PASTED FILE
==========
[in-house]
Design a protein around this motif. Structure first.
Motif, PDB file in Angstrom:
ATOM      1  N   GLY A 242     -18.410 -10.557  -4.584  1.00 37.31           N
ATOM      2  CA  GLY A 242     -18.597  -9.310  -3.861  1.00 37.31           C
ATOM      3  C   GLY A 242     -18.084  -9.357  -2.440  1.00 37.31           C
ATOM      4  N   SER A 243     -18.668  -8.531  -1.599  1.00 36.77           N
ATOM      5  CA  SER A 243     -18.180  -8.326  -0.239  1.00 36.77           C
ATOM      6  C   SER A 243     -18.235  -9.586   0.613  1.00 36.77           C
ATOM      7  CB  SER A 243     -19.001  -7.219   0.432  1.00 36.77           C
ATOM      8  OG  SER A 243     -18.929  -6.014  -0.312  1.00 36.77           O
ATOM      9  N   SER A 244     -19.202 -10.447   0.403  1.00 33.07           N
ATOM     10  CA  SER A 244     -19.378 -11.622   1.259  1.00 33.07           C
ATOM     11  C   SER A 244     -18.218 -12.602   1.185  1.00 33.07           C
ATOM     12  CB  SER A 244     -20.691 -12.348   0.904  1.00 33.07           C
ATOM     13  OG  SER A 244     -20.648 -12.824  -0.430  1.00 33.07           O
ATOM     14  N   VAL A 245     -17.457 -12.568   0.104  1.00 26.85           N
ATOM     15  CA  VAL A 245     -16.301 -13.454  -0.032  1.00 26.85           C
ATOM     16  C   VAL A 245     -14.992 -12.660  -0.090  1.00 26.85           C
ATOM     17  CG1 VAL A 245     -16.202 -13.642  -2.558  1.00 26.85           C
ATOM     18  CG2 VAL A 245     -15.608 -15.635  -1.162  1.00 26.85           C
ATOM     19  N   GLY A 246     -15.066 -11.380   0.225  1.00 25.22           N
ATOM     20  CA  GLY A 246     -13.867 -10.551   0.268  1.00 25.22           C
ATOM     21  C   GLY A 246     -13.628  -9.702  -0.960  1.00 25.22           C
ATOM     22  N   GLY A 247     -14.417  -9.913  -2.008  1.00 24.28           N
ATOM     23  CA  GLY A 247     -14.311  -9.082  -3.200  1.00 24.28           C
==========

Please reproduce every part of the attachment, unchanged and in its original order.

[in-house]
Design a protein around this motif. Structure first.
Motif, PDB file in Angstrom:
ATOM      1  N   GLY A 242     -18.410 -10.557  -4.584  1.00 37.31           N
ATOM      2  CA  GLY A 242     -18.597  -9.310  -3.861  1.00 37.31           C
ATOM      3  C   GLY A 242     -18.084  -9.357  -2.440  1.00 37.31           C
ATOM      4  N   SER A 243     -18.668  -8.531  -1.599  1.00 36.77           N
ATOM      5  CA  SER A 243     -18.180  -8.326  -0.239  1.00 36.77           C
ATOM      6  C   SER A 243     -18.235  -9.586   0.613  1.00 36.77           C
ATOM      7  CB  SER A 243     -19.001  -7.219   0.432  1.00 36.77           C
ATOM      8  OG  SER A 243     -18.929  -6.014  -0.312  1.00 36.77           O
ATOM      9  N   SER A 244     -19.202 -10.447   0.403  1.00 33.07           N
ATOM     10  CA  SER A 244     -19.378 -11.622   1.259  1.00 33.07           C
ATOM     11  C   SER A 244     -18.218 -12.602   1.185  1.00 33.07           C
ATOM     12  CB  SER A 244     -20.691 -12.348   0.904  1.00 33.07           C
ATOM     13  OG  SER A 244     -20.648 -12.824  -0.430  1.00 33.07           O
ATOM     14  N   VAL A 245     -17.457 -12.568   0.104  1.00 26.85           N
ATOM     15  CA  VAL A 245     -16.301 -13.454  -0.032  1.00 26.85           C
ATOM     16  C   VAL A 245     -14.992 -12.660  -0.090  1.00 26.85           C
ATOM     17  CG1 VAL A 245     -16.202 -13.642  -2.558  1.00 26.85           C
ATOM     18  CG2 VAL A 245     -15.608 -15.635  -1.162  1.00 26.85           C
ATOM     19  N   GLY A 246     -15.066 -11.380   0.225  1.00 25.22           N
ATOM     20  CA  GLY A 246     -13.867 -10.551   0.268  1.00 25.22           C
ATOM     21  C   GLY A 246     -13.628  -9.702  -0.960  1.00 25.22           C
ATOM     22  N   GLY A 247     -14.417  -9.913  -2.008  1.00 24.28           N
ATOM     23  CA  GLY A 247     -14.311  -9.082  -3.200  1.00 24.28           C